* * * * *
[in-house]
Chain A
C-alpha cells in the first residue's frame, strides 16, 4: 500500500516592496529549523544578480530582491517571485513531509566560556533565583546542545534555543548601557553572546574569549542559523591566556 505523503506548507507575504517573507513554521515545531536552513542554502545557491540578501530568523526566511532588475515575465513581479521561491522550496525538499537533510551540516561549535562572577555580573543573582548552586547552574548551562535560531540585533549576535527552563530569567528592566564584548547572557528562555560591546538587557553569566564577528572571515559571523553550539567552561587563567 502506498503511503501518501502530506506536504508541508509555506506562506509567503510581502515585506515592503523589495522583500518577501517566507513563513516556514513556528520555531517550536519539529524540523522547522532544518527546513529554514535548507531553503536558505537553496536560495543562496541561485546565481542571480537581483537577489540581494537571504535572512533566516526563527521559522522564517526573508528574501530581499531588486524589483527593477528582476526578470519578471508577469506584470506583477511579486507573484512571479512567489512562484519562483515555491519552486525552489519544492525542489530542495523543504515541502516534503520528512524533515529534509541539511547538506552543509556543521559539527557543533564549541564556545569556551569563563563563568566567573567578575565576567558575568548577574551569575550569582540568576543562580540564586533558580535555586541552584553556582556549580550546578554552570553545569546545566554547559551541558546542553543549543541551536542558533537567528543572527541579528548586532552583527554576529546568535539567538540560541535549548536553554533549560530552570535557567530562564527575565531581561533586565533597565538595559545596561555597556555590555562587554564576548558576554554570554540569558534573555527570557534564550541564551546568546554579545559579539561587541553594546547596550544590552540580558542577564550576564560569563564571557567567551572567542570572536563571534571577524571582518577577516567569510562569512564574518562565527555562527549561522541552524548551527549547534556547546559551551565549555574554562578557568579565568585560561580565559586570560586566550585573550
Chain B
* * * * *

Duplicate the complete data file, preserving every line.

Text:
[in-house]
Chain A
C-alpha cells in the first residue's frame, strides 16, 4: 500500500516592496529549523544578480530582491517571485513531509566560556533565583546542545534555543548601557553572546574569549542559523591566556 505523503506548507507575504517573507513554521515545531536552513542554502545557491540578501530568523526566511532588475515575465513581479521561491522550496525538499537533510551540516561549535562572577555580573543573582548552586547552574548551562535560531540585533549576535527552563530569567528592566564584548547572557528562555560591546538587557553569566564577528572571515559571523553550539567552561587563567 502506498503511503501518501502530506506536504508541508509555506506562506509567503510581502515585506515592503523589495522583500518577501517566507513563513516556514513556528520555531517550536519539529524540523522547522532544518527546513529554514535548507531553503536558505537553496536560495543562496541561485546565481542571480537581483537577489540581494537571504535572512533566516526563527521559522522564517526573508528574501530581499531588486524589483527593477528582476526578470519578471508577469506584470506583477511579486507573484512571479512567489512562484519562483515555491519552486525552489519544492525542489530542495523543504515541502516534503520528512524533515529534509541539511547538506552543509556543521559539527557543533564549541564556545569556551569563563563563568566567573567578575565576567558575568548577574551569575550569582540568576543562580540564586533558580535555586541552584553556582556549580550546578554552570553545569546545566554547559551541558546542553543549543541551536542558533537567528543572527541579528548586532552583527554576529546568535539567538540560541535549548536553554533549560530552570535557567530562564527575565531581561533586565533597565538595559545596561555597556555590555562587554564576548558576554554570554540569558534573555527570557534564550541564551546568546554579545559579539561587541553594546547596550544590552540580558542577564550576564560569563564571557567567551572567542570572536563571534571577524571582518577577516567569510562569512564574518562565527555562527549561522541552524548551527549547534556547546559551551565549555574554562578557568579565568585560561580565559586570560586566550585573550
Chain B